Editor’s note: Since Beth Bugdaycay and her husband Murat established Foundrae in 2015 the label has become one of the hottest in the jewelry world. The innumerable charm designs that Beth describes as “a tool of self-discovery” can be found in the collections of any number of celebrities including Michelle Obama, Gwyneth Paltrow and Emily Ratajkowski. Follow Foundrae on Instagram to learn more from Beth who has been posting videos to show styles for clients while the stay at home orders are in effect in New York City.
I love New York City. Both my husband and I feel that the City allowed us to grow in ways that we never could have had we stayed in our hometowns: Istanbul and Brownsville, Texas respectively. The pandemic has provided stark clarity about what makes this city what it is: the people. When I walk my dog through the empty streets, it’s like looking at a portrait that the face has been cut out with an X-acto knife.
I miss the daily interactions with a wide variety of people. I learn every single day and am moved by some remark, a glimpse into someone’s inner life. Just a few weeks before the isolation started, I took a taxi ride and had a beautiful conversation with the driver. He had real wisdom to offer. Now I’m relying more on my books. I have always been a voracious reader, but even more so now. It’s the perspective I need, the insight that I receive by getting out of my own head. For the last few days, I’ve been reading Goddesses: Mysteries of the Feminine Divine by Joseph Campbell. Before that I read a book published by a friend of mine, Kisses Out of the Blue by Linda Gnat-Mullen. I typically see her weekly, but haven’t now for over six weeks. As I read each of her stories, I could hear her voice and learned more about her than I might have in a casual conversation. I’ve also had more conversations with customers than I typically do and have built real friendships. I find it amazing how you can get to know a person so quickly and deeply when two people are willing to speak honestly from their hearts.
And our team! I miss them. I miss their little quirks and humor, their candor. But the reality is they are still working very hard, just differently, and still contributing greatly. I think many of the people that are attracted to the City are resourceful—it’s not an easy place to live. For example, most people have space for just one pot that must to be able to serve every need in the kitchen. Luckily, those qualities have enabled us to be agile in developing new ways to communicate, create and produce: sending pieces from one home bench to another until all processes are completed, finding lobster claws from a new German resource that is still shipping, and page after page of Google sheets that are serving as the community pot of soup: everyone is contributing their special ingredient.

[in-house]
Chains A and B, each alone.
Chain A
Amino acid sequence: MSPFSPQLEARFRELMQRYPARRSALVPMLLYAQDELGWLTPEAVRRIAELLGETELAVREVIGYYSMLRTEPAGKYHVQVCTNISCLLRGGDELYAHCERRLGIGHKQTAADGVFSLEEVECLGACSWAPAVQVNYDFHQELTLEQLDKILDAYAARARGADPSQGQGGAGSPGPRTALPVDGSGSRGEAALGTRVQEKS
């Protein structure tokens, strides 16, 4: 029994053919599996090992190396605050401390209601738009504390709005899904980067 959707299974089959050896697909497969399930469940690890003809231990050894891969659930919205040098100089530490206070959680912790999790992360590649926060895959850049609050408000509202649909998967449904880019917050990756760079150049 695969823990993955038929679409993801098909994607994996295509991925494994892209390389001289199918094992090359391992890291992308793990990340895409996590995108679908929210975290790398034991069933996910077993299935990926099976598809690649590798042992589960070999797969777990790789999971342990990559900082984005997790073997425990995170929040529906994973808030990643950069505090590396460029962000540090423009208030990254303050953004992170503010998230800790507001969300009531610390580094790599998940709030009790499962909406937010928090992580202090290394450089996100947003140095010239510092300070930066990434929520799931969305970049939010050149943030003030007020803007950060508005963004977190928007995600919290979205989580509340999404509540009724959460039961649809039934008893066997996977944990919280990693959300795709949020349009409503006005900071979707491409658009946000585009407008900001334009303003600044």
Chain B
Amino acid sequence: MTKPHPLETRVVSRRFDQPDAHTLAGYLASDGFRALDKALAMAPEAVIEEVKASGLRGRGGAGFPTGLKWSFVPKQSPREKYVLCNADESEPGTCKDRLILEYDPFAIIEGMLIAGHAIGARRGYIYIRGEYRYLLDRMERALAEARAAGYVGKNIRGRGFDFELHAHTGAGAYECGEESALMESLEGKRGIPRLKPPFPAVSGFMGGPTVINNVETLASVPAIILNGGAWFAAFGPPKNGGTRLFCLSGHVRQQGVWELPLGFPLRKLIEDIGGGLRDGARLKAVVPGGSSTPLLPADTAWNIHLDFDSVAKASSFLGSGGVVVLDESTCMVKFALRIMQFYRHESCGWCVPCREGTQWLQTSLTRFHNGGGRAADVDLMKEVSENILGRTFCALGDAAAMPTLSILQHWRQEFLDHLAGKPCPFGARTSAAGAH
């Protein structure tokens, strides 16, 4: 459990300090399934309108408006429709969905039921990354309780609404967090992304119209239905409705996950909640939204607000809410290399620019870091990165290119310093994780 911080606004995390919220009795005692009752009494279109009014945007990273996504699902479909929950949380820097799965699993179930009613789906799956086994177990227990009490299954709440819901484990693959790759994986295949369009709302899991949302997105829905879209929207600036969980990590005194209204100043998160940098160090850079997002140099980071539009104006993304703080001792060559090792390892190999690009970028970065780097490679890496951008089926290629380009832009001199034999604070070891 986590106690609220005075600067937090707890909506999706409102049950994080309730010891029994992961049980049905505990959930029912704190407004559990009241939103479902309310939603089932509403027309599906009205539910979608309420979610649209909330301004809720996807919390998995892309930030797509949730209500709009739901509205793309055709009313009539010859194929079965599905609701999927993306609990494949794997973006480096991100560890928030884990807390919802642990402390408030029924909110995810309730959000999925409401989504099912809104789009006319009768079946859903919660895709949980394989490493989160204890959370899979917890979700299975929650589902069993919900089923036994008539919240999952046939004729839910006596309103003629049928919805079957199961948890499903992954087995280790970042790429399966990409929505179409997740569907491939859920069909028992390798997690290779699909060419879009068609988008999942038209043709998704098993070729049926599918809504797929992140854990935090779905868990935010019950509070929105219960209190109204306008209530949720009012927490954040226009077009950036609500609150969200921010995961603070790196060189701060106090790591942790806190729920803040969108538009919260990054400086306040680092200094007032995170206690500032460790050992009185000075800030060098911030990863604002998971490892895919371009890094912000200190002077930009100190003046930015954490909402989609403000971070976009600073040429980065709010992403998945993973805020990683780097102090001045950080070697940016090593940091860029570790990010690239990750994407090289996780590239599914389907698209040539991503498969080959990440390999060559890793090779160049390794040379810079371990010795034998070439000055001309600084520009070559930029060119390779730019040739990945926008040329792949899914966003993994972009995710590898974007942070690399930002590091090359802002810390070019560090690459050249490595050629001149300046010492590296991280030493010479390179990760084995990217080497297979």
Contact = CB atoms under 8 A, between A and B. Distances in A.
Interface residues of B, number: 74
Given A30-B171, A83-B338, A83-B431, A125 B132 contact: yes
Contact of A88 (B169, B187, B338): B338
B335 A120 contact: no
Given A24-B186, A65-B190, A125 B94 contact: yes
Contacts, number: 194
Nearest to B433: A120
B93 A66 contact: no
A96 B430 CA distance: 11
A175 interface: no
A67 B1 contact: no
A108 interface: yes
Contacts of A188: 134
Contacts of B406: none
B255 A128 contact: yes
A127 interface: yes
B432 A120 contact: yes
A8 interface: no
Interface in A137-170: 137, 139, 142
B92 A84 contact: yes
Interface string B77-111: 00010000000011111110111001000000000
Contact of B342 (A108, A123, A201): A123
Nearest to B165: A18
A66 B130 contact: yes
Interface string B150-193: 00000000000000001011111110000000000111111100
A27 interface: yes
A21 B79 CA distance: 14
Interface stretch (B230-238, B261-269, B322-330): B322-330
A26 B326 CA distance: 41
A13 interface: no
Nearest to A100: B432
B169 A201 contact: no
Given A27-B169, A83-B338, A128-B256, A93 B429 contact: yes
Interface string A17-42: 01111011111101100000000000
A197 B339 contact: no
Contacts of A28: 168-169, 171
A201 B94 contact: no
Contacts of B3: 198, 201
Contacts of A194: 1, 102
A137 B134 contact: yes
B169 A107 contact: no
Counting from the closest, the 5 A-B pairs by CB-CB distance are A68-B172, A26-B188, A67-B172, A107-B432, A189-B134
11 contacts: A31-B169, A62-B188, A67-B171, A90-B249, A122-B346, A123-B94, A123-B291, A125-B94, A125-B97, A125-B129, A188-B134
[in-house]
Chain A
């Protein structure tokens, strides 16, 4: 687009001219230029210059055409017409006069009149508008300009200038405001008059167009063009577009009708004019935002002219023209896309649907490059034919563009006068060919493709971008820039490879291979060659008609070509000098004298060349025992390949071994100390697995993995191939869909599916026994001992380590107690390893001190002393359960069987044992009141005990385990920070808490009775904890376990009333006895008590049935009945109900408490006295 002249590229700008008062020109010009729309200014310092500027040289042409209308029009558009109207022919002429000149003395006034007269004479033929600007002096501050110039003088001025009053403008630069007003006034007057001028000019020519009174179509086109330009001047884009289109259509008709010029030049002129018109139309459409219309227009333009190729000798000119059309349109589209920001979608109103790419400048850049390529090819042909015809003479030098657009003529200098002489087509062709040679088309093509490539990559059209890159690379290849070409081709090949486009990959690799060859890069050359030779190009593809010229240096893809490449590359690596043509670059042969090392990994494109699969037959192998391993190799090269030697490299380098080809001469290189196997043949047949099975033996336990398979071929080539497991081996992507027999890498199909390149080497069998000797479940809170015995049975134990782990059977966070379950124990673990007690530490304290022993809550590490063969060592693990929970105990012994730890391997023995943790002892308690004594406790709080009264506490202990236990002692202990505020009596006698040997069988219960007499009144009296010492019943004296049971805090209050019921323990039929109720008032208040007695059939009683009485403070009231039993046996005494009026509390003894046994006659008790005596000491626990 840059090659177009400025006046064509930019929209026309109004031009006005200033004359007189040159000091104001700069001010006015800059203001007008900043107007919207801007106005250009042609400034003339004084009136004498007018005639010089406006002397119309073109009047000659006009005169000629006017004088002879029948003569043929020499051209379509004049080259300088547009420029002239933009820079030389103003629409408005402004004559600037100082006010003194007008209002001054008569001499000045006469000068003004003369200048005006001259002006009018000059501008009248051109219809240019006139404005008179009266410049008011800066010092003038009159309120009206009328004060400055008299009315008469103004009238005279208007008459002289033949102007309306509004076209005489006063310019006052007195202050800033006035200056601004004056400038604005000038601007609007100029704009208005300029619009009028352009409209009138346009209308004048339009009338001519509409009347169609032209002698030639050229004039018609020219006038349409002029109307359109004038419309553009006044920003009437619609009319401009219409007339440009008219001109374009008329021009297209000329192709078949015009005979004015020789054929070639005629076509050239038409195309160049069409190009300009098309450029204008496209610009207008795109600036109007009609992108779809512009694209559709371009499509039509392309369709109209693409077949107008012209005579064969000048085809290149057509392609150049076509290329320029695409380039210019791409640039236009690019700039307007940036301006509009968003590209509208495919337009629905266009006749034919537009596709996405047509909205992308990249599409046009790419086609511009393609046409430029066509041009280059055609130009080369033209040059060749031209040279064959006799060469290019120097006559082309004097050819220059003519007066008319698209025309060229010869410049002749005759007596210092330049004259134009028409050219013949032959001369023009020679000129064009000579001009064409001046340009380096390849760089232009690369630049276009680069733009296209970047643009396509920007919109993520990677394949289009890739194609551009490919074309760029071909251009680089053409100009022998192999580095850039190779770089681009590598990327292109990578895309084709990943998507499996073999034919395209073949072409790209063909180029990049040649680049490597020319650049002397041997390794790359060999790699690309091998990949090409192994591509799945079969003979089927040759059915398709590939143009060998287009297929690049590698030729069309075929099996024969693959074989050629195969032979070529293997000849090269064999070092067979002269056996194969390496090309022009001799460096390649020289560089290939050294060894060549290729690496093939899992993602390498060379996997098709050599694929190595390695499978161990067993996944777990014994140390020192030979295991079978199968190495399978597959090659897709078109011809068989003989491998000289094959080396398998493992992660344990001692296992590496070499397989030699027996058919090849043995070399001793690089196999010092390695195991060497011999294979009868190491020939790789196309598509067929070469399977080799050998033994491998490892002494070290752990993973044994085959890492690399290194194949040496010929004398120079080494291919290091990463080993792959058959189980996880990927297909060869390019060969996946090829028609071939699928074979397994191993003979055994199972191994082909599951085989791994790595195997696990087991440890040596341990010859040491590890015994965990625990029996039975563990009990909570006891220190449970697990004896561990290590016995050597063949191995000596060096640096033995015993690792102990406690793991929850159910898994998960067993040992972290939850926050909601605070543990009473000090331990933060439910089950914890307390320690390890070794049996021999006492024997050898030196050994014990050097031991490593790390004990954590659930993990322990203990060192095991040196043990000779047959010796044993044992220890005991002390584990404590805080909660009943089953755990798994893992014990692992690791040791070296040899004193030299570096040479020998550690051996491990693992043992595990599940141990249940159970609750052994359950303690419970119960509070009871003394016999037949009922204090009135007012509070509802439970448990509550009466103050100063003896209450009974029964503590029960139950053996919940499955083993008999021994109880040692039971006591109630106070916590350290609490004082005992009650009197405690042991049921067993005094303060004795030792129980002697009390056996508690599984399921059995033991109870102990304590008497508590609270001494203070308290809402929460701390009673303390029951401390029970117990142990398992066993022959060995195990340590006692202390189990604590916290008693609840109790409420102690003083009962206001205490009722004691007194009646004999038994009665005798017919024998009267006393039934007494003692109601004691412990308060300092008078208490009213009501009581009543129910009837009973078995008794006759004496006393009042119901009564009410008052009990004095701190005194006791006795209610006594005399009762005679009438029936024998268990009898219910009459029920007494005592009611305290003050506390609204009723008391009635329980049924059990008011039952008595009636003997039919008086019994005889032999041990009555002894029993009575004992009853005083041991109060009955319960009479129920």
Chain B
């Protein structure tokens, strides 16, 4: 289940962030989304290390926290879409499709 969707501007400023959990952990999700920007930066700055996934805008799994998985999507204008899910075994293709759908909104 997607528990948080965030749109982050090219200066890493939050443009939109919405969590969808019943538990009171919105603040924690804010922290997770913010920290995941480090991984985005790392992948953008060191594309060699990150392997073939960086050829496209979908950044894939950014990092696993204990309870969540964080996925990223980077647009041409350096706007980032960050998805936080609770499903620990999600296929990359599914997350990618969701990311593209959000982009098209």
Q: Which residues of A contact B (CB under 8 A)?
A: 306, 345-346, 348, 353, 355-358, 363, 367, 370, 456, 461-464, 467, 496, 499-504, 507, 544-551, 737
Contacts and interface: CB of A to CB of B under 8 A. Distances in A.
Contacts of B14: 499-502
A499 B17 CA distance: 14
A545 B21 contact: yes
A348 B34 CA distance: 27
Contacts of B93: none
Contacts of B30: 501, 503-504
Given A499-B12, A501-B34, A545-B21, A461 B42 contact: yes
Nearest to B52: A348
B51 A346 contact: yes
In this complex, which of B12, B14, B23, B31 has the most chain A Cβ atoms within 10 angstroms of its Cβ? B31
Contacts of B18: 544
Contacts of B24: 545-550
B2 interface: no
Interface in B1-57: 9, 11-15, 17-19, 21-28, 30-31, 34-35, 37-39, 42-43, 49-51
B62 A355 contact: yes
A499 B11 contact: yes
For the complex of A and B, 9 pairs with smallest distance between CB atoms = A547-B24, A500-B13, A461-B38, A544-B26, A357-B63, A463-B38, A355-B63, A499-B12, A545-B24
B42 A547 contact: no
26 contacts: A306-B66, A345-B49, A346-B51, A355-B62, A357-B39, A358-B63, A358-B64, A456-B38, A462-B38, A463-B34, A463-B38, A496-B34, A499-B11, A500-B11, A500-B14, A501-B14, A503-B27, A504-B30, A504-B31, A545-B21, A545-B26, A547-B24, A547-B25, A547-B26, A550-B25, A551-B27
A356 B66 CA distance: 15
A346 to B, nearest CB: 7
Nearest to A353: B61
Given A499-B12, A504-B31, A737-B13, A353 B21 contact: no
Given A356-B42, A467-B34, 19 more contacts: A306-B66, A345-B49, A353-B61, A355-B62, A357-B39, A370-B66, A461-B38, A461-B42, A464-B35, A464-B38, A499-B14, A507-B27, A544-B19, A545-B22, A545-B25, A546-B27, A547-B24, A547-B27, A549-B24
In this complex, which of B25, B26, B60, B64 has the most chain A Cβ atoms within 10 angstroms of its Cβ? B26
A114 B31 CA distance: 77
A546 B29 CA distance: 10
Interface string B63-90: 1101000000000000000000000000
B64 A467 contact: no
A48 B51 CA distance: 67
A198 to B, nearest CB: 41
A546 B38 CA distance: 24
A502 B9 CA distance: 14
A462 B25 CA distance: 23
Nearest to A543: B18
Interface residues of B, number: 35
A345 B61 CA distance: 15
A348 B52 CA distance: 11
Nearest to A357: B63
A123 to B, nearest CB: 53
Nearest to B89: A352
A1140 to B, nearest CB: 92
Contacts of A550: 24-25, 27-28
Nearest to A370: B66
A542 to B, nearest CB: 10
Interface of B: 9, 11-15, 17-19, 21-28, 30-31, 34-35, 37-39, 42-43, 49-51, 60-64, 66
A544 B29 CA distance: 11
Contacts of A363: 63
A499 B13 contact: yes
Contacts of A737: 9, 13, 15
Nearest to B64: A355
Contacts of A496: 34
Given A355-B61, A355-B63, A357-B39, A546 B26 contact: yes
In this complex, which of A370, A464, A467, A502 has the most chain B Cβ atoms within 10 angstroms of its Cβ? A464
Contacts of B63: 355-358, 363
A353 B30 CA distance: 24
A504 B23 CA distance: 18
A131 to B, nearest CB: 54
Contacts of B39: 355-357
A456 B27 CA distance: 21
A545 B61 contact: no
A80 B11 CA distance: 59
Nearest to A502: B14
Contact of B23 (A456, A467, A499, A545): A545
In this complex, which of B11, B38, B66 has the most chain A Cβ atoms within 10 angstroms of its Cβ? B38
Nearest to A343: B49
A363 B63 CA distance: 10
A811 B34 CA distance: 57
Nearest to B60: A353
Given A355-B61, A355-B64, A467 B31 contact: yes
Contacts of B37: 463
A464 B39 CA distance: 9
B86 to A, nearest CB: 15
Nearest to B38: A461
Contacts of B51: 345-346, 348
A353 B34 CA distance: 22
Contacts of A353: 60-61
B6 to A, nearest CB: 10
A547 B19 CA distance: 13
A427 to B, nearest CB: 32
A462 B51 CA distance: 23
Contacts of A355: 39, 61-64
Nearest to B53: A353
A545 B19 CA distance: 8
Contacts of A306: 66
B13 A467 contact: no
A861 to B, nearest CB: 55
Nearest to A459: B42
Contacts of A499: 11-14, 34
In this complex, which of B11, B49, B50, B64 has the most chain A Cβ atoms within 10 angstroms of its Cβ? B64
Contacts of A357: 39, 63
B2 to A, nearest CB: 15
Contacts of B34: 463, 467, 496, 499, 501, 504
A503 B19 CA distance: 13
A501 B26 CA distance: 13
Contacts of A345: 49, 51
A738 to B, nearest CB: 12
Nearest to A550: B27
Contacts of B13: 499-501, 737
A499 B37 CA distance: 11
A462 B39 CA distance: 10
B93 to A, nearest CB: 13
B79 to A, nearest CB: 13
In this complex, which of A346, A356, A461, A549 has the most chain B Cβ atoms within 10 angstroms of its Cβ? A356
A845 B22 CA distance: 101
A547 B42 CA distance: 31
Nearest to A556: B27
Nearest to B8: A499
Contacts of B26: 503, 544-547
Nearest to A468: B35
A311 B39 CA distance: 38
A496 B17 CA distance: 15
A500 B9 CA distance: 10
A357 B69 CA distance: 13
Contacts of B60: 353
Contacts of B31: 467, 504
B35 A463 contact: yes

What people love about the City is that there is a real sense of belonging. It doesn’t matter where you come from or what makes your heart beat; you can find your people. The density and diversity of our population, part of the reason why this city has been hit so hard by Covid-19, is also its gift. For me, that sense of community and solidarity is stronger now even as we are separated. We find a way to reach out, to extend a (gloved) hand.
That feeling of solidarity led us to give 100% of the retail proceeds of our “Cor ad Cor” vestige crest to Heart to Heart International to support the distribution of “Stay Healthy” kits. We have just two, and tracking our diminishing inventory has given me even more empathy for the people that are tracking diminishing inventory of essential goods. We sold one the day that we posted our intention on Instagram and immediately transferred that money to Heart to Heart International. I’m sure we will sell the last one in the next few weeks. Every effort matters.
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